When not running his real estate business, Lightning Capital, Jonathan Ehrlich (STERN ’17), is busy serving New York City residents in need of urgent care as a volunteer emergency medical technician (EMT) at the Central Park Medical Unit. As a frontline worker, Jonathan has observed firsthand how the coronavirus (COVID-19) pandemic has impacted the city—and how fellow EMTs and other paramedics have adapted to the crisis to protect themselves and their patients against the COVID-19 virus.
Read on to learn more about Jonathan, including what inspired him to become a volunteer EMT, his fondest memories as an MBA student at NYU Stern, and how he spends his time outside of his company and volunteer work.
I’m always looking for ways to learn practical skills that help others. Tufts University, which is where I went for undergrad, offered an EMT class. I thought it was a great opportunity, and since then, I’ve never looked back.
Shortly after, I joined Tufts volunteer emergency medical services (EMS) agency, Tufts EMS, then the Central Park Medical Unit during my first summer back in New York. The rewards have been immense and have allowed me to sharpen communications, empathy, and listening skills.
As I rose through the ranks at the Central Park Medical Unit and began teaching new members, I was also able to work on my leadership, management, strategy, and teaching abilities. Surprisingly, the skills I’ve gained by volunteering on an ambulance have also translated to business and personal life.
The Central Park Medical Unit (CPMU) was founded in 1975 as a bicycle response squad in Central Park. Soon after, it became a full emergency ambulance service.
Today, CPMU has over 150 volunteer EMTs and paramedics from all walks of life, including doctors, engineers, nurses, lawyers, and teachers, as well as many NYU students and alumni. We don’t bill patients and are supported entirely by donations.
With just four ambulances, CPMU has responded to every modern citywide disaster—from the 9/11 attacks to the 2003 Northeast blackout. We’ve also covered large Central Park events such as concerts on the Great Lawn and the New York City Marathon.
Normally, we only respond to calls that service patrons in Central Park and its surrounding areas. However, since early March, we’ve been servicing 9-1-1 calls beyond Central Park and throughout the city at the request of the New York City Fire Department. The majority of those calls involve patients with COVID-19.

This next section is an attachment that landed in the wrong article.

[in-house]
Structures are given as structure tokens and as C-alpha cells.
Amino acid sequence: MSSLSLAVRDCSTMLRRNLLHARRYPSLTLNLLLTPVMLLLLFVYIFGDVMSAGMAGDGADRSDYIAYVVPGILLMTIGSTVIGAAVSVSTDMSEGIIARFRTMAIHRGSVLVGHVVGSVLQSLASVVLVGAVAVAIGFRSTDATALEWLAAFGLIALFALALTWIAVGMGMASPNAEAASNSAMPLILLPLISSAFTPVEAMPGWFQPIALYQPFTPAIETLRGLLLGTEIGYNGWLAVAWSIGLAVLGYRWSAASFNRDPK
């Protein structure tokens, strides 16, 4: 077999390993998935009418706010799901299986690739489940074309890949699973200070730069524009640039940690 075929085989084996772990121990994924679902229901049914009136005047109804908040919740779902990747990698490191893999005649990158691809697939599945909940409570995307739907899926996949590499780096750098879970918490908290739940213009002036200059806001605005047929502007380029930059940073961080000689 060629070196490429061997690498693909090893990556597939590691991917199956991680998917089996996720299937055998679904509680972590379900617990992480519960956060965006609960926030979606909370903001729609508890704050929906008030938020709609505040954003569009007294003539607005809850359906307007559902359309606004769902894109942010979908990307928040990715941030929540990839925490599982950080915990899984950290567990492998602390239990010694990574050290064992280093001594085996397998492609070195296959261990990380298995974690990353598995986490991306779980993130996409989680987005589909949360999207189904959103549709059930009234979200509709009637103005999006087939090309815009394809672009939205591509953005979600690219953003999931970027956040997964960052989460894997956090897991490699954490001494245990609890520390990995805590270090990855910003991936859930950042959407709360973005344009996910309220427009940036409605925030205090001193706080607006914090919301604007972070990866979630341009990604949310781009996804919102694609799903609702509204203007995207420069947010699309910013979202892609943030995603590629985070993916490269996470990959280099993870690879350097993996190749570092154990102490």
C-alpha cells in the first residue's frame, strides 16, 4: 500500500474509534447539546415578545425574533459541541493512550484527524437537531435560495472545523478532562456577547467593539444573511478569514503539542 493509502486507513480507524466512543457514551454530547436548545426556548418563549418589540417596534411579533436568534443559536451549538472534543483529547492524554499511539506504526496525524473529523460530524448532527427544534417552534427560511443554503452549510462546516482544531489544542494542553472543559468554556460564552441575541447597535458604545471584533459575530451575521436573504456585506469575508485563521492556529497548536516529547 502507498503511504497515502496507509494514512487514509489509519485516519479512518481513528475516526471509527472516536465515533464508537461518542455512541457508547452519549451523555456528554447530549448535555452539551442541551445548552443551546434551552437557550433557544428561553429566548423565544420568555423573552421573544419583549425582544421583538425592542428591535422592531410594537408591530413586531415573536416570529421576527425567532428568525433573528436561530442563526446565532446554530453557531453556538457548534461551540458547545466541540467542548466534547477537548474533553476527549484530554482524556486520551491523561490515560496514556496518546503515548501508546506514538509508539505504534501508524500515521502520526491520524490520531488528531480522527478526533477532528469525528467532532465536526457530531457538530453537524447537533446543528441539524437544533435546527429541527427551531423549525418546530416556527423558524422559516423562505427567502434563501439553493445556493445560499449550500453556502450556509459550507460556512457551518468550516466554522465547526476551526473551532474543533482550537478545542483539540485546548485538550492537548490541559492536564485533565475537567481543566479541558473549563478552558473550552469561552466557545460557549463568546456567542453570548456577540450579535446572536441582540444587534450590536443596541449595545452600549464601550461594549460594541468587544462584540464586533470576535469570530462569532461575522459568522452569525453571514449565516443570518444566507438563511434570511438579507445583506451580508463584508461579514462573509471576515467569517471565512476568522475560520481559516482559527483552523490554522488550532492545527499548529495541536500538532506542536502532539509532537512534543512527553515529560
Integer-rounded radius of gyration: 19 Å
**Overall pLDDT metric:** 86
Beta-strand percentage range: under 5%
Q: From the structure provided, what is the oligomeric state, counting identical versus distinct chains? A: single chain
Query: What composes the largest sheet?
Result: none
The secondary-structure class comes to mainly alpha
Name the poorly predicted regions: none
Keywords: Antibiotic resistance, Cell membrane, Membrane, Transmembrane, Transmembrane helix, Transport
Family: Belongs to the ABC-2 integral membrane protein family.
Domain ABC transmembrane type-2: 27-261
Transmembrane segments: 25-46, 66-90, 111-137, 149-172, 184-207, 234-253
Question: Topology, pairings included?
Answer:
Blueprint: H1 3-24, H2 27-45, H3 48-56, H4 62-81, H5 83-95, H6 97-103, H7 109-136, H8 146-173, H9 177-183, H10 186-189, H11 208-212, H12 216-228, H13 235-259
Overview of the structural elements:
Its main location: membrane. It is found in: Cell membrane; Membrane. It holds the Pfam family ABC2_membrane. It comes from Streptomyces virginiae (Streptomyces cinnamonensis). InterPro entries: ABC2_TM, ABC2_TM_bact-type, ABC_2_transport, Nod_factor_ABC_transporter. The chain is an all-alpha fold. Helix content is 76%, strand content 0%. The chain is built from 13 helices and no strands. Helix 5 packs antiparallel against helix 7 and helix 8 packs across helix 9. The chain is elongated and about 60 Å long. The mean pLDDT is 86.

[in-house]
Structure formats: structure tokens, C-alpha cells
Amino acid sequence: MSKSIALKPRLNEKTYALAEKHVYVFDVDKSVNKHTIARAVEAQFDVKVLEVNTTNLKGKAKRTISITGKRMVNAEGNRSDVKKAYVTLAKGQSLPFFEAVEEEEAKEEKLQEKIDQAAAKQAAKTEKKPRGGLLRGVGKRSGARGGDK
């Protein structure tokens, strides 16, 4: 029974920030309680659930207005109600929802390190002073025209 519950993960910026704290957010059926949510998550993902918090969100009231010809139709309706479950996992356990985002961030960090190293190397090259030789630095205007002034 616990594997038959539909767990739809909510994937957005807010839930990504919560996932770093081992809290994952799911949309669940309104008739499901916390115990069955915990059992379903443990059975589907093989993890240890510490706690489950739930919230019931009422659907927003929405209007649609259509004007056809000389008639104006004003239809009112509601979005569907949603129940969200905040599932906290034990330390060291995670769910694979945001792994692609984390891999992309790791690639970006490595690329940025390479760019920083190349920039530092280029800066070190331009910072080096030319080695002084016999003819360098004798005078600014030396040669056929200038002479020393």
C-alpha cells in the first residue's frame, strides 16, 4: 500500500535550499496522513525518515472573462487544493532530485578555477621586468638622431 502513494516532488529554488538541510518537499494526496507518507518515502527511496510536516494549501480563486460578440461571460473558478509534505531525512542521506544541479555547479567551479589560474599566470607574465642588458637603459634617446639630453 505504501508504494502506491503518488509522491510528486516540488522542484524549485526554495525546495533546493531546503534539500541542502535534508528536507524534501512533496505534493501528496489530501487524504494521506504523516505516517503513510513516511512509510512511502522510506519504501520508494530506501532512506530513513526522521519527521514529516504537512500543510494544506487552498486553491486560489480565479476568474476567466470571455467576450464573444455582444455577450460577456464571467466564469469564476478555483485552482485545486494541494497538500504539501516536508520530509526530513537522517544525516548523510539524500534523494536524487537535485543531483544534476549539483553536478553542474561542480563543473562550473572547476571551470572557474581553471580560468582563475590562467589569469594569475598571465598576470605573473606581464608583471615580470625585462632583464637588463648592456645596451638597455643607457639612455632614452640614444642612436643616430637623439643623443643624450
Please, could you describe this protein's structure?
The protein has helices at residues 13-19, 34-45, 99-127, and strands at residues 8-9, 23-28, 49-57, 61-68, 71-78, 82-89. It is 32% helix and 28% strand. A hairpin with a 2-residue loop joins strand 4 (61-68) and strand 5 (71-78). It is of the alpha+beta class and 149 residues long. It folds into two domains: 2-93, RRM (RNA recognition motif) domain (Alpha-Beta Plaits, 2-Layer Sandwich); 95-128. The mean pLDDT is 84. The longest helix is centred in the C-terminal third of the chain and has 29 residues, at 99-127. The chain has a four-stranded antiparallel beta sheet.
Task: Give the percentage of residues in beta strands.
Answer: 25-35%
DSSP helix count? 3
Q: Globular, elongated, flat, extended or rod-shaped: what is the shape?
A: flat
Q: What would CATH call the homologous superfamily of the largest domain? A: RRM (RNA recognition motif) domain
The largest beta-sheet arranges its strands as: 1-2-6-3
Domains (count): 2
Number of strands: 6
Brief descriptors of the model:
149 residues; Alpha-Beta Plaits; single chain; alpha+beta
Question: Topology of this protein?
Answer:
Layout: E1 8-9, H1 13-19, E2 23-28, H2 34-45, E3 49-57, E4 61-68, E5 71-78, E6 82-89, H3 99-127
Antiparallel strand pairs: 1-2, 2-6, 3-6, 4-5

COVID-19 is unlike any health emergency or disaster I’ve ever experienced as an EMT. That includes Hurricane Sandy and other major storms and blackouts where emergency services were severely taxed. In the current crisis, every response takes about twice as long since we have to put on additional protective equipment before we walk into an emergency.
The emotional toll is also higher. Recently, the NYC 9-1-1 system broke the highest number of emergency medical calls in one day—the previous record was set on 9/11. Moreover, this record was broken five times in one week. It’s completely unprecedented.
When hospitals reached their peak capacity, there were lots of patients who would have gone to the hospital, but couldn’t: either because their condition was not severe enough or because the hospital was a higher-risk environment than their homes.
As a result, the way we operate has completely changed. I’m sure this will be a defining moment for any EMT or paramedic who works through this pandemic.
After receiving my MBA from Stern in 2017, I went to work for a real estate technology startup called ButterflyMX. I had always been interested in real estate, technology, infrastructure, cities, and the future of living. Interestingly, I think many of these things are about to experience a major impact in a post-pandemic world as we figure out how to return to normalcy.